New at this and need help!
Posted 09 July 2020 - 11:09 PM
Posted 09 July 2020 - 11:35 PM
Stars look like donuts when they're out of focus. Stars look like dots when they're in focus (unless you see a faint diffraction ring surrounding the dot, which takes really good optics and good, steady seeing conditions.) A star never looks like anything but a point. Unless you find a double star, in which case you'll see two points.
The magnifiction isn't changing while you're focusing. You're seeing exactly what you should expect and you're not doing anything wrong. Don't panic! Try the Moon, and then see if you can find Jupiter or Saturn.
Edited by JamesMStephens, 09 July 2020 - 11:44 PM.
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Posted 10 July 2020 - 12:06 AM
+1 for what Jim said - also meet some helpful friends at your local astronomy club! That's the best way to get started in our hobby.
Tell us what kind of telescope, mount, eyepieces, software and apps, etc you have, and we may be able to offer better suggestions.
It gets way easier and will soon be a lot more fun, just be patient. There is a learning curve.
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Posted 10 July 2020 - 12:42 AM
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Posted 10 July 2020 - 02:00 AM
I’ve aligned my starfinder and scope well but all the images I see look like donuts! If I bring it down to the finest magnification I see a white dot. I’ve managed to see said white dot (Altair) with 2x Barlow and 16 power but it was still a white dot without much detail. What am I doing wrong? Why do my stars look like donuts at lower focus? I’d appreciate some help and direction. Thank you.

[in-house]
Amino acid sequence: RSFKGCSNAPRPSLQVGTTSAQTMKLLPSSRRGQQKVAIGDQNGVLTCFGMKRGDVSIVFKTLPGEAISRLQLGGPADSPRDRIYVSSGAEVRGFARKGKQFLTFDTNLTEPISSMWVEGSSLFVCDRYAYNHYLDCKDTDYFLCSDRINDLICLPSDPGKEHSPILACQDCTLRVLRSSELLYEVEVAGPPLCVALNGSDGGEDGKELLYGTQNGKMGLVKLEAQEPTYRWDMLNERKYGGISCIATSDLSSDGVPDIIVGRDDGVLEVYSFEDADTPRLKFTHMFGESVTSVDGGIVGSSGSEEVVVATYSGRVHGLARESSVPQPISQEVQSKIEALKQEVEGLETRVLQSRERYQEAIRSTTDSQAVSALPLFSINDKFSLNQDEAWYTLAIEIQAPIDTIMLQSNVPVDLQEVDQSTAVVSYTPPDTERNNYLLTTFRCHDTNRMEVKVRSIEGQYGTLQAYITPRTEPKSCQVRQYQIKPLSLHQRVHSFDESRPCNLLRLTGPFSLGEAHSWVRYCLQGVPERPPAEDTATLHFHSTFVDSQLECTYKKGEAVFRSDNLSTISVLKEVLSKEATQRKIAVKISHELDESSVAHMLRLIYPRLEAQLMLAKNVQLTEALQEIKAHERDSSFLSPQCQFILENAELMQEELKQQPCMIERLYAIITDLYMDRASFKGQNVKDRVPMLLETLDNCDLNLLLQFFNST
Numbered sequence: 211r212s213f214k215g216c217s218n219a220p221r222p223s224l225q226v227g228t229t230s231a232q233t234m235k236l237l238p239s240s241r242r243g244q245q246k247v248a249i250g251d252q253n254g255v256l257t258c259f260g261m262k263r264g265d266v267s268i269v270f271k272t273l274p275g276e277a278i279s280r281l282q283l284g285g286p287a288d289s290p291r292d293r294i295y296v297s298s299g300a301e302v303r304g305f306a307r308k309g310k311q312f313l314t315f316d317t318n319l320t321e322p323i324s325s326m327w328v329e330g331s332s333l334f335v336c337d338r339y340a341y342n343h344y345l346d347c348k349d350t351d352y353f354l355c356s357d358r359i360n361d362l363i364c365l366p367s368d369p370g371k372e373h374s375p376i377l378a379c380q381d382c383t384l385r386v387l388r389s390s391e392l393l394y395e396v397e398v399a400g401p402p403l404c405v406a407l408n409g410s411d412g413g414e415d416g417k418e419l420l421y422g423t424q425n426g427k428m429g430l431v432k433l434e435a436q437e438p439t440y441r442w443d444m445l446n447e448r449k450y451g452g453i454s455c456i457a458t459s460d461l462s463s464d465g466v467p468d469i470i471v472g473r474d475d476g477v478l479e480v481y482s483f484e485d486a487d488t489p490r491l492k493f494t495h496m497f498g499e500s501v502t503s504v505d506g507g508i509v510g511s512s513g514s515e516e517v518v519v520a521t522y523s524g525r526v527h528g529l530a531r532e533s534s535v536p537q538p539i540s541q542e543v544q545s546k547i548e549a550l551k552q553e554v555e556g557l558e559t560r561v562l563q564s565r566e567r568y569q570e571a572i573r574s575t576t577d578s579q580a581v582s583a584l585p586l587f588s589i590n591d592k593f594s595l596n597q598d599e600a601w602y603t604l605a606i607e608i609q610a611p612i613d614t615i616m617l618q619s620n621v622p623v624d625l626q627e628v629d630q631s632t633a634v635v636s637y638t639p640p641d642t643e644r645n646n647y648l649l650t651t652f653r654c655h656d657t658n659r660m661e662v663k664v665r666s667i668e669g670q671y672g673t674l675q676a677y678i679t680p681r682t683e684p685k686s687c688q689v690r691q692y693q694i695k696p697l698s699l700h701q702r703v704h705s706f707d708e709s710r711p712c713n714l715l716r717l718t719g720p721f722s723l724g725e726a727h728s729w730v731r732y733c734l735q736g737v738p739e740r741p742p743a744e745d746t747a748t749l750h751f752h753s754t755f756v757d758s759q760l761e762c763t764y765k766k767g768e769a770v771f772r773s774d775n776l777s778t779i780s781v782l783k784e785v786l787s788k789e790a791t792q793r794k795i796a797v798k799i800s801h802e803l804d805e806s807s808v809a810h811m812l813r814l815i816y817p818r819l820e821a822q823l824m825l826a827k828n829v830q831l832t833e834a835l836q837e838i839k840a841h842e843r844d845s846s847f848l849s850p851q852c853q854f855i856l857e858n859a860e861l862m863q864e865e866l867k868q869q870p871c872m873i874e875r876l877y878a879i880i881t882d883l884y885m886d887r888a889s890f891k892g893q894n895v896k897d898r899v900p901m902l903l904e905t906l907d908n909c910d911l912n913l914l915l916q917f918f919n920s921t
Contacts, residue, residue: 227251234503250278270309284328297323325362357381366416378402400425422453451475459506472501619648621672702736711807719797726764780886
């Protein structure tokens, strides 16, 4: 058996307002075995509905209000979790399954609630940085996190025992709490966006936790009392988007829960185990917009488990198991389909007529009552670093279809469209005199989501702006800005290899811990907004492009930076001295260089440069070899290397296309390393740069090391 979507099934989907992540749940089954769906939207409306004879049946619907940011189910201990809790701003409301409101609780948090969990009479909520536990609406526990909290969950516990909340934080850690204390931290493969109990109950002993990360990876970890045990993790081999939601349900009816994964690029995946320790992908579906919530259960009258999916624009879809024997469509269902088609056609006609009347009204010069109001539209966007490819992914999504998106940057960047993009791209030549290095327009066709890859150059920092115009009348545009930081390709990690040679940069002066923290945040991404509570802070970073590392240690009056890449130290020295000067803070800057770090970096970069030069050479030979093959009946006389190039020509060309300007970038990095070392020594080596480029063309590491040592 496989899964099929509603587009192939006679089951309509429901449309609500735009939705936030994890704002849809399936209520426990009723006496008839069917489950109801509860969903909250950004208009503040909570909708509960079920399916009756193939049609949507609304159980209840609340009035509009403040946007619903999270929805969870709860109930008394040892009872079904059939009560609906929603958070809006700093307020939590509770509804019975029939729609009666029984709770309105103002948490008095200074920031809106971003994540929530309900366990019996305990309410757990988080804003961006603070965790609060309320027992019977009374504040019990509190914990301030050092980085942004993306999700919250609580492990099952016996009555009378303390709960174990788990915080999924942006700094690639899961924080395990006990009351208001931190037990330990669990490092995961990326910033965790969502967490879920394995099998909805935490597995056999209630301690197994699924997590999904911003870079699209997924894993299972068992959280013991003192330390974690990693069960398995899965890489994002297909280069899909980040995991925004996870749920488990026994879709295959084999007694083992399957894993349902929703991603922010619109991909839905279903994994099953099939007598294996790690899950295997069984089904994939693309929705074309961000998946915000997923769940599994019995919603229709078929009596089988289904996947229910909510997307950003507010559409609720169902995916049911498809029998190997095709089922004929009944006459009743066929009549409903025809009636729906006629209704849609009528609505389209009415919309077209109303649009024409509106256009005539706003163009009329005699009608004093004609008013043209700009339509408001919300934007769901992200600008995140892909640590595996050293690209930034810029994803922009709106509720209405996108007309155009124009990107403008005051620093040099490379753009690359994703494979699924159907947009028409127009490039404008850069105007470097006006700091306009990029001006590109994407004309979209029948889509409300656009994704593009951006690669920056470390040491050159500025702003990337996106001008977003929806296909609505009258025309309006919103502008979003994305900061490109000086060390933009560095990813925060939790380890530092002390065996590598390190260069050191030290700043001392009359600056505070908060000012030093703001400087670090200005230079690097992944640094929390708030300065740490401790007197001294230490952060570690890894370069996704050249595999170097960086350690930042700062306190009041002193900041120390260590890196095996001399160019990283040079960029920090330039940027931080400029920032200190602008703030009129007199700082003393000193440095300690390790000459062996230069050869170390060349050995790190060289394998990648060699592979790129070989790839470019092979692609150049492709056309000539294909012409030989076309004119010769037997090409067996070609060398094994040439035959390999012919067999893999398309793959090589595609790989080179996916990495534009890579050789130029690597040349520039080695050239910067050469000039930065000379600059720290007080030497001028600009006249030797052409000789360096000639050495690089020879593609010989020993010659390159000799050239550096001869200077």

As Jim said your focus is out, even way out .
Would be useful to know the scope. Reason is that some come with extension tubes. The idea being that for imaging the camera needs to be closer inward. So they make the scope in effect to accept a camera, then to enable an eyepiece to work they put in the accessories an extender or two.
Means that when you get the scope there are no extenders in the light path so the eyepiece is positioned too much forward and you can never get it to focus.
My Bresser 102/600 came like that. Which I suppose is nice but no-one really images with a shortish achro. Also meant I had to work out if I needed 1 or 2 extension tubes.
So if you are sat there thinking "They know nothing, I have wound the focuser from end to end and still doughnuts!" That could be why.
Stars will always be dots, hopefully just points not doughnuts. To see "size" you need to change targets. To what is termed "extended objects". The easy ones are The Messier Objects. Easy because he got there first and so listed all the basic larger brighter ones.
Best for now is simply wrok out which stars are which, that then tells you the main constellation they are part of. Then you find out what objects are in which constellation.
Reason is that we will say "Try the double cluster in Perseus", or, "M36, 37, 38 in Auriga". So you have to know how to identify/find Perseus and Auriga at least.
So scope please and always useful a location.
Posted 10 July 2020 - 02:33 AM